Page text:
The Jewish holiday of Yom Kippur is a day of introspection and prayer. In Israel, it’s a day of closed business and empty streets. The great soul-searching that began on Rosh HaShana climaxes at sunset on this holiest of days, when we seek to connect to the Creator as closely as humans can. We put physicality aside for an entire day, refraining from life-sustaining and life-creating activities as an expression of faith and reliance on the one who made the world.
Which is not to say that Jews don’t love, and celebrate, life’s good things: Le-chaim! is the toast that Jews say when raising a celebratory glass of wine. It means: to life! And as life is a precious gift rooted in the spiritual world, it’s people’s job to release the spiritual spark in everything that lives.
Sounds so esoteric, right? How in the world do you manage that? The answer is: by honoring and protecting creation. Spiritual comes down to the physical. For example, even if you don’t fast, here are some suggestions on how to repair your eating habits. And others on atoning for environmental sins.
Prayer may not be your thing. But you can review your spiritual account by using familiar objects that, whether you’re conscious of it or not, compose a running commentary on your life and reflect your ecological footprint.
1. Read what your credit card statement says. Does it show lots of expenditure on take-out food? A home-made meal is tastier, healthier, and a better maker of quality time with the family. What impulse purchases appear there whose price might have been given to needy people? How much gasoline are you buying? You might consider walking, biking, or taking public transportation more often.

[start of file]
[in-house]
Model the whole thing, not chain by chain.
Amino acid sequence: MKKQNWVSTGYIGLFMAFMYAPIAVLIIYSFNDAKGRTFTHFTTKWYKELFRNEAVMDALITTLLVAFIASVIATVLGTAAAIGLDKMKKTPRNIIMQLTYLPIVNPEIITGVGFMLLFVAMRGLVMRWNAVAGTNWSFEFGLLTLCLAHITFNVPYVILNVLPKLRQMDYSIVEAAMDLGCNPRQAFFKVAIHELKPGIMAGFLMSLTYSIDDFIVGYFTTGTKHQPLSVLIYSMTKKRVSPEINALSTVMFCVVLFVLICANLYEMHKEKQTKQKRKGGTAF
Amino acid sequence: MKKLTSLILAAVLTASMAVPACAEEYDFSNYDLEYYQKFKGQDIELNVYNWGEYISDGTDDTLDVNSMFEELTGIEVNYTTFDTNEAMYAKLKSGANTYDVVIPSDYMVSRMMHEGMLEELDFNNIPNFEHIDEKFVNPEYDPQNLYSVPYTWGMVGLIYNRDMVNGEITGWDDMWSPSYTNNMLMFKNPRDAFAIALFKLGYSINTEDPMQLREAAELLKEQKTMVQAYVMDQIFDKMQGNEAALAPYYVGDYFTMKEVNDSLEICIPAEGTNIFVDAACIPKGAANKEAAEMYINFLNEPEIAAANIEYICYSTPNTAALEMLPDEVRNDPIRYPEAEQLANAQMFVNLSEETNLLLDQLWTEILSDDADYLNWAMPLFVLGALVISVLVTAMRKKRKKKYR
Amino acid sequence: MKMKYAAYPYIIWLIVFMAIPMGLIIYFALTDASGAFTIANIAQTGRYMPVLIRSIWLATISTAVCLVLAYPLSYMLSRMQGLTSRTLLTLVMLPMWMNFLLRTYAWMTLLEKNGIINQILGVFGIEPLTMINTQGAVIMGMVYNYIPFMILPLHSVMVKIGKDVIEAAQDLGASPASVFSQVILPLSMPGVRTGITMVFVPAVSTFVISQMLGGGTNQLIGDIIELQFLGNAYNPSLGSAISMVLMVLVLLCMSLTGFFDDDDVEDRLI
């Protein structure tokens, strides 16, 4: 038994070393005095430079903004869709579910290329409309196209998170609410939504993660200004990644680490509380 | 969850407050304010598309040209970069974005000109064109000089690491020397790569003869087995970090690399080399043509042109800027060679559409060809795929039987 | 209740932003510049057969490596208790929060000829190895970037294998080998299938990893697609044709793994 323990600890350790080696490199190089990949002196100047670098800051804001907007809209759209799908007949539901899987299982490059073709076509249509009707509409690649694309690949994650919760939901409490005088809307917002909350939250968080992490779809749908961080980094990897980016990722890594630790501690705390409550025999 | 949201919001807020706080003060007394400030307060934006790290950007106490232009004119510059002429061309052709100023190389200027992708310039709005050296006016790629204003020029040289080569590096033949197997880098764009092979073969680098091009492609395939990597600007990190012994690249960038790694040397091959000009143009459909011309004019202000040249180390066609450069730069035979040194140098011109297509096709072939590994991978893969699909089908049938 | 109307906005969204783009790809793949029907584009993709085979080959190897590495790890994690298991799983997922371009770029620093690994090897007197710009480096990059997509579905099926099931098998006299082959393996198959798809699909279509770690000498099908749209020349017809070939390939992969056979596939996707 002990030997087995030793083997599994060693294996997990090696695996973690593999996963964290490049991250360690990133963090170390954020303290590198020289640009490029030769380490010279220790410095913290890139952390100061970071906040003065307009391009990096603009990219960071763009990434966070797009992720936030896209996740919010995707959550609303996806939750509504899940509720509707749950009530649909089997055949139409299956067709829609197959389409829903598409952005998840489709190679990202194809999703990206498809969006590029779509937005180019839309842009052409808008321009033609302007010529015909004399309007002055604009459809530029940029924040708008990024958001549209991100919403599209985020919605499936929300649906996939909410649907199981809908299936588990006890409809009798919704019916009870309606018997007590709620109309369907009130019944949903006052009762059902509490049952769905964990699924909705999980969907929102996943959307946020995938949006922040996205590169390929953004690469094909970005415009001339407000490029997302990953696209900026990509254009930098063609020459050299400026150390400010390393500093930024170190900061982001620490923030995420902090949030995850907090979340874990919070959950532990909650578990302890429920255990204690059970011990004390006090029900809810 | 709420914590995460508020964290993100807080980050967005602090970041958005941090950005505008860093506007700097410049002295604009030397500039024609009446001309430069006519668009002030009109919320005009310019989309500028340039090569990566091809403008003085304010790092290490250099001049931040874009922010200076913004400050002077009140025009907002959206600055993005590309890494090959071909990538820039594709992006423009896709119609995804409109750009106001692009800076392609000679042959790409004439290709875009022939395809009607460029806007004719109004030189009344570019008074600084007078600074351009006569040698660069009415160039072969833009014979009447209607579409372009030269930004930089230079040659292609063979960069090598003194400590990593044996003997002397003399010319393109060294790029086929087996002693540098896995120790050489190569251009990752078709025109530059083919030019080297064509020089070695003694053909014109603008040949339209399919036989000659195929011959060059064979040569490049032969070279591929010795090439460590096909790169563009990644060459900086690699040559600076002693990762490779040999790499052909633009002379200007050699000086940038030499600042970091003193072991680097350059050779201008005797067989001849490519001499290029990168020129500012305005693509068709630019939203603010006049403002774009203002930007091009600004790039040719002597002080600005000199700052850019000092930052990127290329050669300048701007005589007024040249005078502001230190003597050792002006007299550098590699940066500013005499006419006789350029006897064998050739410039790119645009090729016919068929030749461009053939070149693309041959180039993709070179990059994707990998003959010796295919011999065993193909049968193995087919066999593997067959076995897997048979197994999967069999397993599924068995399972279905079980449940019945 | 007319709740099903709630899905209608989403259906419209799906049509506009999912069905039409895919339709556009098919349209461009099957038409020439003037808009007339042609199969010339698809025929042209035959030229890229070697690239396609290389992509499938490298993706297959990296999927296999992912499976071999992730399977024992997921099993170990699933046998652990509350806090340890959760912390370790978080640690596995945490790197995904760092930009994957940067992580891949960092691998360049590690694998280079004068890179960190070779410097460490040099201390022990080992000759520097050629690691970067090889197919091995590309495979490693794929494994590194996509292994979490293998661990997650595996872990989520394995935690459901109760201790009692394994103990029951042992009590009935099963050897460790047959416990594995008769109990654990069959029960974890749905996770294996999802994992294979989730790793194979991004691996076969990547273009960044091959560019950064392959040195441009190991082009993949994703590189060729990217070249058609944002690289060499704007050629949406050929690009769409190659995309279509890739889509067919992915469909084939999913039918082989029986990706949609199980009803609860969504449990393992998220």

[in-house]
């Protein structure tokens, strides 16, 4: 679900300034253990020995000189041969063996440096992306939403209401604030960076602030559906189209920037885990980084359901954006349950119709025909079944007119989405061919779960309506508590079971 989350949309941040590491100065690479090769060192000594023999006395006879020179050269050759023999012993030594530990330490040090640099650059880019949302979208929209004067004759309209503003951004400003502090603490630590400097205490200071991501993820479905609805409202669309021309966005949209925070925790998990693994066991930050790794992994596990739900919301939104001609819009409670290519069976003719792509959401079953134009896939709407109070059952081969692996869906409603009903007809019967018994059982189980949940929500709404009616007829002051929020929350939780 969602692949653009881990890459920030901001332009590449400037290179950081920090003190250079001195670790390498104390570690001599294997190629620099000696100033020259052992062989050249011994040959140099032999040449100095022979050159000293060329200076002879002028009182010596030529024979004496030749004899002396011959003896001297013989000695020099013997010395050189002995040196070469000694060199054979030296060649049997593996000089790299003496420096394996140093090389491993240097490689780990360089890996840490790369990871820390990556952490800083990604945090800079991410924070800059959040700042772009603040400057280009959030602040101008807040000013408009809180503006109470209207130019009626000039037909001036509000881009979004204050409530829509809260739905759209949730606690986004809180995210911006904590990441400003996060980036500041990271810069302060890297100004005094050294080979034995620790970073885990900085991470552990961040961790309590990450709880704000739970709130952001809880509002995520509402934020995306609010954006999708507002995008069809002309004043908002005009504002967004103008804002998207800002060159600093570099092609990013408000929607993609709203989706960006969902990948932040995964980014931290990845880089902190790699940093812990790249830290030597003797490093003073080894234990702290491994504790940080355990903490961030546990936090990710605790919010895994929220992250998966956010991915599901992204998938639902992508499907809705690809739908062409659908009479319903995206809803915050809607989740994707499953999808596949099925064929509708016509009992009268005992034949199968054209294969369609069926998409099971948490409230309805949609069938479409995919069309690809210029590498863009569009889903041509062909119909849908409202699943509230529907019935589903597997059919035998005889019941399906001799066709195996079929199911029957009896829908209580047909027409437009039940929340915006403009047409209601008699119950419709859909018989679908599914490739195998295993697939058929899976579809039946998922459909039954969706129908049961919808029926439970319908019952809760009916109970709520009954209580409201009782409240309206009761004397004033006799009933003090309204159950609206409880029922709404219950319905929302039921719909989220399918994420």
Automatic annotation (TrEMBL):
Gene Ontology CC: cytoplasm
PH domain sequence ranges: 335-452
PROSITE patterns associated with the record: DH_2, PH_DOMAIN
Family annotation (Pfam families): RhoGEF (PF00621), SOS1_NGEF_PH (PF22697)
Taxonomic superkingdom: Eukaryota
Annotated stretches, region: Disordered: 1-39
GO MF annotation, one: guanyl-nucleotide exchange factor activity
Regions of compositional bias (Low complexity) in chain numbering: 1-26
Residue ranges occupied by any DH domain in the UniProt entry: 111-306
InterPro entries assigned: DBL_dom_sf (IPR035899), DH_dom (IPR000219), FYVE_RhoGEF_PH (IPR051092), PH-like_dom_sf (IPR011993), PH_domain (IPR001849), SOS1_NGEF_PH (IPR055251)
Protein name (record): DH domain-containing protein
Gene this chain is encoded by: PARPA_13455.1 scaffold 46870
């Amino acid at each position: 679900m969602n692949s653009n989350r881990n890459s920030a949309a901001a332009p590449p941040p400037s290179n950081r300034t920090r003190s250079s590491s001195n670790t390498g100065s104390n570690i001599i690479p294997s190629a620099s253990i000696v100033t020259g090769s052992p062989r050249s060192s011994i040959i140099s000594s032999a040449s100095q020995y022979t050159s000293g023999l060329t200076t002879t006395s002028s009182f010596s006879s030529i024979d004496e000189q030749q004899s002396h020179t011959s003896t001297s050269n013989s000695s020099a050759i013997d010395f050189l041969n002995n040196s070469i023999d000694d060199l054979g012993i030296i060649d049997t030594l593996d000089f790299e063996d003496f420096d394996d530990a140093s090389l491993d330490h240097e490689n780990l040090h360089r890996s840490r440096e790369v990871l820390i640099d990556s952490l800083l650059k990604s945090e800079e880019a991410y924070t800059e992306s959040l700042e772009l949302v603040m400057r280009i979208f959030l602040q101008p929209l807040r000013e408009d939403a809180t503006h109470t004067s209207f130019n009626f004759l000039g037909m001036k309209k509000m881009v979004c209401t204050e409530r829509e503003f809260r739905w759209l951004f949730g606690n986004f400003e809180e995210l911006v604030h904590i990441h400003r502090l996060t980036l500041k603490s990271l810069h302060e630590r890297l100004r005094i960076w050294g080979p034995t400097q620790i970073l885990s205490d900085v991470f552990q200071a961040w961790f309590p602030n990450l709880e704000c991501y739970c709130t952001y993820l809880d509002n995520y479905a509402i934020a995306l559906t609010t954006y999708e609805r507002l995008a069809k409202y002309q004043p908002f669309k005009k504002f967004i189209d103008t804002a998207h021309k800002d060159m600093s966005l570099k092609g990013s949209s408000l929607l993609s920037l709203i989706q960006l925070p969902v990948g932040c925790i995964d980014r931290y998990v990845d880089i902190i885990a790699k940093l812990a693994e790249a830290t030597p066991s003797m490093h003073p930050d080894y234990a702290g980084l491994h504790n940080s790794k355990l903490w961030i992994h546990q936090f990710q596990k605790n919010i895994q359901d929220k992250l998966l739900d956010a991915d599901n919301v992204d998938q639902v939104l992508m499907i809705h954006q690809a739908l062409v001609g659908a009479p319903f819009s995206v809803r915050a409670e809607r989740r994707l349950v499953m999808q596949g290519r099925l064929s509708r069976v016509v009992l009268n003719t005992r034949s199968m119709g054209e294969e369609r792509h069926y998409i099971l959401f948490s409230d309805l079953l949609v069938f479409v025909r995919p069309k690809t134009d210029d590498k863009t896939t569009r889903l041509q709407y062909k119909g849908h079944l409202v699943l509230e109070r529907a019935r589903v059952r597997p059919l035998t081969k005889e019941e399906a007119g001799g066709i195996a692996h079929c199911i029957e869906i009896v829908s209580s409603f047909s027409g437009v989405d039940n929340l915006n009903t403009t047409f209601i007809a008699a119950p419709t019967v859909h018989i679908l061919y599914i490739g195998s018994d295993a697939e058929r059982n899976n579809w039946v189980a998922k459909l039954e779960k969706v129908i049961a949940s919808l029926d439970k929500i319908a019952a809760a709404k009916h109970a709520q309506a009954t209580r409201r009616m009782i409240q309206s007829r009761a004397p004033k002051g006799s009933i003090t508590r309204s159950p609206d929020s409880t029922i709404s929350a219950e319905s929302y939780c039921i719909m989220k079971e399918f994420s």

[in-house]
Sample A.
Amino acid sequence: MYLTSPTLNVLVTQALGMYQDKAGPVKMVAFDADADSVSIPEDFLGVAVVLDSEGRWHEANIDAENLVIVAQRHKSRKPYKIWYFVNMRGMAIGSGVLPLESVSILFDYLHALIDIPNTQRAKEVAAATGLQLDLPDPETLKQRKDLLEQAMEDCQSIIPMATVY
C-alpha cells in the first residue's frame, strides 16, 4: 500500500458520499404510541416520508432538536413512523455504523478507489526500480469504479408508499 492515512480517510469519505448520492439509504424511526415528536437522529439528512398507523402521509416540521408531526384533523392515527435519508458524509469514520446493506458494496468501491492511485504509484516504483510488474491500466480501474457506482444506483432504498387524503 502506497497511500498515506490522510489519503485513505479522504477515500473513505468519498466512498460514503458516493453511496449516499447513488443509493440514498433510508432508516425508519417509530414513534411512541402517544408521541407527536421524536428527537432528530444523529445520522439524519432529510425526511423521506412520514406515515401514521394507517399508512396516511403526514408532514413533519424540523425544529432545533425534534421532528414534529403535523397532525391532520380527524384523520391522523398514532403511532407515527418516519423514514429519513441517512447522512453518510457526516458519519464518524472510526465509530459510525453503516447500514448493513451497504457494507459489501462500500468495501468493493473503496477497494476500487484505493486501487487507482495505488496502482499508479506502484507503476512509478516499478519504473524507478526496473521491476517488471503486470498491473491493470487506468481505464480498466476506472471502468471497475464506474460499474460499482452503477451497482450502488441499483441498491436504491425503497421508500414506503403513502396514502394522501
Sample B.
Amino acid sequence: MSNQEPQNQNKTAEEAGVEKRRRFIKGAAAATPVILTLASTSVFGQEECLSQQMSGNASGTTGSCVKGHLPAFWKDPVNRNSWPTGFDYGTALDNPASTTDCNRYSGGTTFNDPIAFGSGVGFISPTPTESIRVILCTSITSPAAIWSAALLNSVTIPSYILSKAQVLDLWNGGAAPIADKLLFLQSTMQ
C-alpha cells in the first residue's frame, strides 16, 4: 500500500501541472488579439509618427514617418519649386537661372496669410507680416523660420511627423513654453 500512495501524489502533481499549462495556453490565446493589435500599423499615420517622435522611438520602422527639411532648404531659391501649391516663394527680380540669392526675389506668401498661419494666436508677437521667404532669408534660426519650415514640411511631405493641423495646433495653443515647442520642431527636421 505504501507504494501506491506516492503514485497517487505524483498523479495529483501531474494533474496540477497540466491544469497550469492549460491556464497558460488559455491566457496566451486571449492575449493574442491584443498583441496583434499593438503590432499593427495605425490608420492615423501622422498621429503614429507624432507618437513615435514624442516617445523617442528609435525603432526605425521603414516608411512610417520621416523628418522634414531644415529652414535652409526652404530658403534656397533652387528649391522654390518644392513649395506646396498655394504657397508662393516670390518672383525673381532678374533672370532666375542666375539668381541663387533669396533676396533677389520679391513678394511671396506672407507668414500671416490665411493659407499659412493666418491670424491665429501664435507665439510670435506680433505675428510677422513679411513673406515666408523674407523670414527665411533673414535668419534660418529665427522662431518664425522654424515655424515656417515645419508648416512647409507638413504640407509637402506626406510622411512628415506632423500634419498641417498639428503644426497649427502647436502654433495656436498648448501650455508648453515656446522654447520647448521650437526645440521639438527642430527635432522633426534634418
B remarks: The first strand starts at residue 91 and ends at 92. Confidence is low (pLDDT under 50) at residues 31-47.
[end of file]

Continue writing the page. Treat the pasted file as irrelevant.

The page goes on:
2. How about your electricity, gas and water bills? Your utility bills reflect your usage of the planet’s precious, and dwindling, resources.
4. Search your fridge. Got any dying veggies in there, yogurts way past expiry date, something moldy in the back of the shelf? Resolve to buy less and reduce waste. A good rule of thumb: cook everything you buy, and eat everything you cook.
5. Search your closets. Most of us hang on to clothes in good condition that we’ll never put on again. Unless a long-unused garment has sentimental value – I myself keep a certain little flowered dress that all my daughters have worn – donate it to a cause you respect. And if you have clothes languishing for attention that need only a button replaced or a few stitches, take the minutes to repair them, and start wearing them again. You might have more cool threads than you thought.
6. Time how many minutes or hours you typically spend with techno-toys. Surfing the Net, watching TV, chatting online with strangers while family or friends would love to spend some time with you. Maybe you can find more life-affirming ways to unwind, like reading, taking a walk, or getting together with someone you keep thinking of but haven’t made time to contact. Tafline gives us some powerful ideas about going offline on Yom Kippur.
I wish you a meaningful Yom Kippur.
More thoughts that hover between the spiritual and the material: